• Gluten-free - For those with celiac disease or gluten intolerance, millet provides a nutritious gluten-free alternative to wheat and other grains.

Is Quinoa Good For You?

Quinoa is very good for you due to its exceptional nutritional profile:

  • Complete protein - Quinoa contains all 9 essential amino acids, making it a complete protein. This is rare among grains. The protein content is also relatively high at around 4 grams per 1/4 cup uncooked.
  • High fiber - Quinoa contains 5 grams of fiber per 1/4 cup. The fiber helps regulate digestion and promotes feelings of fullness.
  • Complex carbohydrates - Quinoa is mainly composed of slow-digesting complex carbs rather than fast-digesting carbs. This gives you steady energy.
  • High iron - Quinoa contains much more iron than other grains. This helps transport oxygen around the body and prevents anemia.
  • Rich antioxidants - Quinoa is very high in antioxidants including quercetin, kaempferol, and ferulic acid. These help eliminate free radicals and reduce inflammation.
  • Low glycemic index - The glycemic index of quinoa is around 53, meaning it won't cause big spikes in blood sugar. This helps manage diabetes.
  • Gluten-free - Quinoa is naturally gluten-free, providing a grain option if you have celiac disease or gluten intolerance.
  • Versatile - Quinoa has a mild, nutty flavor that works well in both sweet and savory dishes from breakfast to dinner.

How Do You Grow Cauliflower?

Here are some tips on growing cauliflower and the best locations in the USA:

Growing Cauliflower:

  • Cauliflower needs cool weather, ideally with temperatures between 60-70°F during the day and around 50°F at night. They won't tolerate frost or freezing.
  • Start cauliflower seeds indoors 4-6 weeks before the last spring frost. Transplant seedlings 18-24 inches apart.
  • Cauliflower needs moist, nutrient-rich soil with a pH between 6.0-7.0. Side dress with nitrogen fertilizer when heads start forming.
  • Tie the leaves together once the heads start to form. This protects them from sunlight which can cause discoloration.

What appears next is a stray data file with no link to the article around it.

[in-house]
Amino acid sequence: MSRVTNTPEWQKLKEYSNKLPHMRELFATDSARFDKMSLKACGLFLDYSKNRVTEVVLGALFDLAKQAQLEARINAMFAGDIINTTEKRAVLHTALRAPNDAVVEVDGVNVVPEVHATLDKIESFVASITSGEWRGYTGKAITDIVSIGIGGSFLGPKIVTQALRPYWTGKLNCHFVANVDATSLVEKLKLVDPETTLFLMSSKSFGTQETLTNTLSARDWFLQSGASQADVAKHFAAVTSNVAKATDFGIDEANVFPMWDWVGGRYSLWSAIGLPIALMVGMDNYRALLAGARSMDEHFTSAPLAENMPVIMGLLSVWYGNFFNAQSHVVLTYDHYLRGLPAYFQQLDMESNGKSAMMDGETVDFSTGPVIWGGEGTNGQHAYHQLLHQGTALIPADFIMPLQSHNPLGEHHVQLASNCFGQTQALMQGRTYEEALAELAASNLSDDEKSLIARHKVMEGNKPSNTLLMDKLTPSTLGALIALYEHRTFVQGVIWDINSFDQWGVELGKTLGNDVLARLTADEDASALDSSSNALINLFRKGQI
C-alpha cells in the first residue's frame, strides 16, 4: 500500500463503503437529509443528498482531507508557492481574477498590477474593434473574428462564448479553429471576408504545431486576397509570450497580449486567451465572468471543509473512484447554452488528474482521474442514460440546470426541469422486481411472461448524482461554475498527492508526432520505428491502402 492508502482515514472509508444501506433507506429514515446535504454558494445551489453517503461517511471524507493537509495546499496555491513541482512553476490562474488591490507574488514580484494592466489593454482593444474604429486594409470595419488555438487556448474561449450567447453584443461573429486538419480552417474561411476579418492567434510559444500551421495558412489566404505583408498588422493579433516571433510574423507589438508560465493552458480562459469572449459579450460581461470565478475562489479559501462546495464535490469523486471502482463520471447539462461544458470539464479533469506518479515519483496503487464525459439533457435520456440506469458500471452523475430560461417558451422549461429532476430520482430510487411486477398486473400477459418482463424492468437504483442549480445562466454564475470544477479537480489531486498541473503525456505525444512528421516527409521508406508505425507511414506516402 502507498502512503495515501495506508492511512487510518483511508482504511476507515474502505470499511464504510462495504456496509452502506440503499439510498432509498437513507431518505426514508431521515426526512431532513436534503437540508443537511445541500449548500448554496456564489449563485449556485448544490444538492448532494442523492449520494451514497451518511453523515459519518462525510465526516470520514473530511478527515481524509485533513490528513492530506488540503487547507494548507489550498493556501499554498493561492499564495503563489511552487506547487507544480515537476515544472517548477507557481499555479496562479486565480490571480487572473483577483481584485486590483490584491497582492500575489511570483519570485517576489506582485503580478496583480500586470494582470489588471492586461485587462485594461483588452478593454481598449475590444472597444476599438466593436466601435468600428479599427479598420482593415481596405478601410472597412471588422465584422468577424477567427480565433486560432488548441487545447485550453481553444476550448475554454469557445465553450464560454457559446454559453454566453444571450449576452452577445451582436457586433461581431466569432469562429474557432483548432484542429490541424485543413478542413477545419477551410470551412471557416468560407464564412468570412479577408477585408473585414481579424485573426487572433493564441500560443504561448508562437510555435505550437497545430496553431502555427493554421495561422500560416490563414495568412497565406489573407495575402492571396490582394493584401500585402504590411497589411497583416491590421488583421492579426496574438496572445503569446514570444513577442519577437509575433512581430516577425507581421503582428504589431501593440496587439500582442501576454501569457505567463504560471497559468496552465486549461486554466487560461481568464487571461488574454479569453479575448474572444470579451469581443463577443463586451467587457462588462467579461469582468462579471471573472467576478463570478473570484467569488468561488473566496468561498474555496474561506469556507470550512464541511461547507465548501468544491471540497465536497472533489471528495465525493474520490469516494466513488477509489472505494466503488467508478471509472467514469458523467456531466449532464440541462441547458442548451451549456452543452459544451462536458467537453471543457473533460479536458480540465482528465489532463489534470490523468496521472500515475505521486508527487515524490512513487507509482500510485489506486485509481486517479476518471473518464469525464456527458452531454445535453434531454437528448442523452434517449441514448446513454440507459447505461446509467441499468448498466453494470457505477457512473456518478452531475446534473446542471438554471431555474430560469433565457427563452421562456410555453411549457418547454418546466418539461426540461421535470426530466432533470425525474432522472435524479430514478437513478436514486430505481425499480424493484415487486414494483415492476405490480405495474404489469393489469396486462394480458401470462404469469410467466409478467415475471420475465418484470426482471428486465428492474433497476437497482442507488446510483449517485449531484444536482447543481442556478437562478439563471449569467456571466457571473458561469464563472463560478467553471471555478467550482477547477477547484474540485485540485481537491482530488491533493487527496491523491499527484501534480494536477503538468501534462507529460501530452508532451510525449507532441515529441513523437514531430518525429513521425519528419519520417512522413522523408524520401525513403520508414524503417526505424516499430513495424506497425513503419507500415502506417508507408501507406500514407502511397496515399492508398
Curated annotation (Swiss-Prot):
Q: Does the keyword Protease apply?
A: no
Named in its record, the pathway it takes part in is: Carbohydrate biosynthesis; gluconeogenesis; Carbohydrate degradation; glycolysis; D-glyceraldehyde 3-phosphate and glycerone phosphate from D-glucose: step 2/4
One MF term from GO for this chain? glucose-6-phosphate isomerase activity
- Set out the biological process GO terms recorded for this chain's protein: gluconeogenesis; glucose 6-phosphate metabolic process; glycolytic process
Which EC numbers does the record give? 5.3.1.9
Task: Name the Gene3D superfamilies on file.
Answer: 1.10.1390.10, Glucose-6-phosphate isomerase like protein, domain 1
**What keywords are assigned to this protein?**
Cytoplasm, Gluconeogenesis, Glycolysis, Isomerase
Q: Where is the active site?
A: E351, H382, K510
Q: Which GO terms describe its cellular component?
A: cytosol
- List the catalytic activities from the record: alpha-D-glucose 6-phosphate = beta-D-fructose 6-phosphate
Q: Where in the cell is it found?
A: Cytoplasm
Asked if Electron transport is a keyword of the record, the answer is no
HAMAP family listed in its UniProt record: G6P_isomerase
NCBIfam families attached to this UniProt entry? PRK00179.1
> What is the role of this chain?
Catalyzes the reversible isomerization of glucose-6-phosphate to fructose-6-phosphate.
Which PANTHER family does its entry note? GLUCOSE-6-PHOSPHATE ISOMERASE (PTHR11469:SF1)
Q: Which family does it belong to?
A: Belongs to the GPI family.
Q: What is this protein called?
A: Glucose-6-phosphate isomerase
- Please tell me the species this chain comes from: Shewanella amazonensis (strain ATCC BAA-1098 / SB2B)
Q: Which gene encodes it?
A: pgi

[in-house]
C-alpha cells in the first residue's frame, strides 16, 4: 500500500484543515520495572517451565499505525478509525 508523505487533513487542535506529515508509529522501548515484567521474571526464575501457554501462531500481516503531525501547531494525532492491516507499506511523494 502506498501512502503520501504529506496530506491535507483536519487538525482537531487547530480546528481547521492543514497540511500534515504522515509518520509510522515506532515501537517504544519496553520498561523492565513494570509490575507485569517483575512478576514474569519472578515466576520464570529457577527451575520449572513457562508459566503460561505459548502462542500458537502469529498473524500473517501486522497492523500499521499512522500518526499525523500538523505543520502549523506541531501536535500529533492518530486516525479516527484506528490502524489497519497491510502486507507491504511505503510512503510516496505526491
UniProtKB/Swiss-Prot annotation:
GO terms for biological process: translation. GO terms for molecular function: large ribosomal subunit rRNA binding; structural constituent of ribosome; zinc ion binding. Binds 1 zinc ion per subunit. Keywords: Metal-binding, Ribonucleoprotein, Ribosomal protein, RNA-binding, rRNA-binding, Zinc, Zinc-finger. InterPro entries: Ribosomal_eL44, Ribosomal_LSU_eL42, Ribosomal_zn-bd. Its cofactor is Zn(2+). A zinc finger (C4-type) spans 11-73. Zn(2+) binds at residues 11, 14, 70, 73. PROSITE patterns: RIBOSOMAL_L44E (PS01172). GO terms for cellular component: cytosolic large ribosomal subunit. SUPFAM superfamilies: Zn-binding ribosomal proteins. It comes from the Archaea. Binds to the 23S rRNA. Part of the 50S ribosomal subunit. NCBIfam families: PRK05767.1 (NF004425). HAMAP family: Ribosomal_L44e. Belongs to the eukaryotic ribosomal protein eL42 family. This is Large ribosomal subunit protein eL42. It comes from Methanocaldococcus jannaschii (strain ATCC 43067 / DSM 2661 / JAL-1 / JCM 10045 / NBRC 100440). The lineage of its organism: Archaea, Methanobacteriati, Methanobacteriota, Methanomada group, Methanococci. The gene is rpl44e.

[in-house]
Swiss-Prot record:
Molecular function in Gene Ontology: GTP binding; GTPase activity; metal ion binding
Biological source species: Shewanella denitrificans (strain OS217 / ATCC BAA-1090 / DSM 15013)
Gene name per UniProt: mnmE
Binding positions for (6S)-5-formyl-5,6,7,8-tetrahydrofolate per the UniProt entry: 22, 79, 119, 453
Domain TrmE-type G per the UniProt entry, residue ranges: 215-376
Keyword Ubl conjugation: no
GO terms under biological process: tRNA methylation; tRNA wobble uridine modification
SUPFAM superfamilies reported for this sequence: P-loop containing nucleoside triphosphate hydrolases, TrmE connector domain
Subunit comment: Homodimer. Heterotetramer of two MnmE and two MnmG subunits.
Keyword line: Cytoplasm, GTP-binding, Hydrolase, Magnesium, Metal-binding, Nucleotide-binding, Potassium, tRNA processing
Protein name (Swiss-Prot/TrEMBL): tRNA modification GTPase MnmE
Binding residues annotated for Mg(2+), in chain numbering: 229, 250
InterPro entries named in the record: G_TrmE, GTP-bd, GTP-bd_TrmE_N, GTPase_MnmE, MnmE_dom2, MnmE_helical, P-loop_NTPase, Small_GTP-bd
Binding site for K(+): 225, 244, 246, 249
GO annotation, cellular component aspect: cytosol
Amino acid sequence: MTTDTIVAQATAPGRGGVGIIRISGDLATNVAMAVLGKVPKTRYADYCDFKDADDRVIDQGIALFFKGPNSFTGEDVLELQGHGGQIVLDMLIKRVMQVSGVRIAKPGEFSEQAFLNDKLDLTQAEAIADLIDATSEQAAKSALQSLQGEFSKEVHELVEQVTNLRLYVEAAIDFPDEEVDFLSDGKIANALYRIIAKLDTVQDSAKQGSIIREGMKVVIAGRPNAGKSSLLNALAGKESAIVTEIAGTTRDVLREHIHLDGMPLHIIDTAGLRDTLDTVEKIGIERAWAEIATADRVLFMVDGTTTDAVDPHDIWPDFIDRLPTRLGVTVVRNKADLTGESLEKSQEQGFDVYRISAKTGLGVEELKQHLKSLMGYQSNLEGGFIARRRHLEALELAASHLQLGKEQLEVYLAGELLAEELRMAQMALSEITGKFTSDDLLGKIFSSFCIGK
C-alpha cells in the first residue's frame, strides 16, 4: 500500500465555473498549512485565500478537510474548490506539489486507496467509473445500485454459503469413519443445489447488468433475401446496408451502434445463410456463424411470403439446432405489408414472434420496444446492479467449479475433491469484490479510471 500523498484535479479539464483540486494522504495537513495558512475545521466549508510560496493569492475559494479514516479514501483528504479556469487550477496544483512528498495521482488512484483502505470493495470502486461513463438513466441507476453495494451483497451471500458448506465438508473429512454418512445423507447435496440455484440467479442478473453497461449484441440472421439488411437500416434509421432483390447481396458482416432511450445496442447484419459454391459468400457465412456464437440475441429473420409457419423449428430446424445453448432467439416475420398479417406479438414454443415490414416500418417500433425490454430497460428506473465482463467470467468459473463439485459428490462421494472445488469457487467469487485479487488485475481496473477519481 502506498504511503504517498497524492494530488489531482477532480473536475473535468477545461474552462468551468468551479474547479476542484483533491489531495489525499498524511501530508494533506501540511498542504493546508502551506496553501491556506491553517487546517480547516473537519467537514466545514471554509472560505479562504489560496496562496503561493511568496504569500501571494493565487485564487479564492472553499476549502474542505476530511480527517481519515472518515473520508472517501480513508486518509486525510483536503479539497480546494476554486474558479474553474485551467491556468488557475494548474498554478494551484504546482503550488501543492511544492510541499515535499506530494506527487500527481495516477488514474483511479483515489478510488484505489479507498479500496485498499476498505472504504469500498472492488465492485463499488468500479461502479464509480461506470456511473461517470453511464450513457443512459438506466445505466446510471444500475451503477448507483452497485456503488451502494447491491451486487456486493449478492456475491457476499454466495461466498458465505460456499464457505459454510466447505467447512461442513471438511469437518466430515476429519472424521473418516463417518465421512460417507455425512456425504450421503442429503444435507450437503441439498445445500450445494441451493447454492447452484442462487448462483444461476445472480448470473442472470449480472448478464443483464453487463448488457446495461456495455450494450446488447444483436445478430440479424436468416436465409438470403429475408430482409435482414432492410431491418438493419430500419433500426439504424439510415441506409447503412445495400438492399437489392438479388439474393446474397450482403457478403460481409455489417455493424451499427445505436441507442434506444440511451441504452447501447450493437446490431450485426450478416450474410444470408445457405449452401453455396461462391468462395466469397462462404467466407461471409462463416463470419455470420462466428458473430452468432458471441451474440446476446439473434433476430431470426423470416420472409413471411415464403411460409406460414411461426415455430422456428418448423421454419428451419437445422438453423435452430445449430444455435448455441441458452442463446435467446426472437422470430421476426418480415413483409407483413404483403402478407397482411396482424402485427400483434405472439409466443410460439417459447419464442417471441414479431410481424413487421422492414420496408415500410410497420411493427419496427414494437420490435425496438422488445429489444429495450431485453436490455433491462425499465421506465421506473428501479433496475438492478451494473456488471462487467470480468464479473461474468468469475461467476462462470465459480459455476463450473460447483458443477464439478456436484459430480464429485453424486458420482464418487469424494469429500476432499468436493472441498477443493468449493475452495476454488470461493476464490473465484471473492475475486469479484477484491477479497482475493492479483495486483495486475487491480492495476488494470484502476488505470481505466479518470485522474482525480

• Harvest the heads when they reach about 6 inches in diameter before the curds start separating. Cut the head from the plant, leaving surrounding leaves to protect it.

Best Locations:

  • Coastal California has an ideal climate for cauliflower in the summer growing season. The San Joaquin Valley is a major producer.
  • New York and the Northeast can grow great cauliflower for summer-fall harvest. Cool nights and low humidity are ideal.
  • Pacific Northwest including Washington, Oregon, and Idaho for summer harvests.
  • Upper Midwest states such as Wisconsin, Michigan, and Minnesota can also grow cauliflower in the summer months.

The mild, cool climates in these regions provide excellent conditions for cauliflower growth and sweet flavor development.

Common Issues and How to Fix Them When Growing Cauliflower

Here are some common issues that can arise in cauliflower cultivation and tips to overcome them:

  1. Bolting - Cauliflower is sensitive to temperature changes and can bolt (prematurely flower) if exposed to heat or frosts. Grow cauliflower in the appropriate season, monitor temperatures, and use bolt-resistant varieties.
  2. Poor curd development - Insufficient sunlight, compacted soil, or inadequate nutrients can lead to loose, rice-y curds. Ensure cauliflower gets 6+ hours of sun daily, loosen the soil, and fertilize properly.
  3. Leaf spot diseases - Fungal diseases like Alternaria and Cercospora cause brown/black lesions. Use disease-resistant varieties, crop rotation, remove diseased leaves, and avoid overhead watering.
  4. Cabbage loopers - These caterpillars eat foliage and curds. Screen plants with mesh, hand-pick pests, and use Bacillus thuringiensis (Bt) sprays as needed.
  5. Harvest timing - Harvesting too early or late leads to poor quality curds. Watch maturity signs like curd firmness and size.
  6. Cold temperature exposure - Cauliflower can only withstand light frosts. Use floating row covers if cooler temps are expected.
  7. Drought stress - Cauliflower needs consistent moisture. Use mulch and irrigation in dry periods.

With smart variety selections, proper care, and monitoring for pests and diseases, many issues can be prevented or managed through the cauliflower growth cycle.

Do you have Comments to add to this Recipe?

Did you add a twist? Share it!

Simply type in (a brief) name of the recipe you're browsing now in the box below.

Then click on the link directly below that box to add your comments!

(Your comments will be made available for all to see after our review.)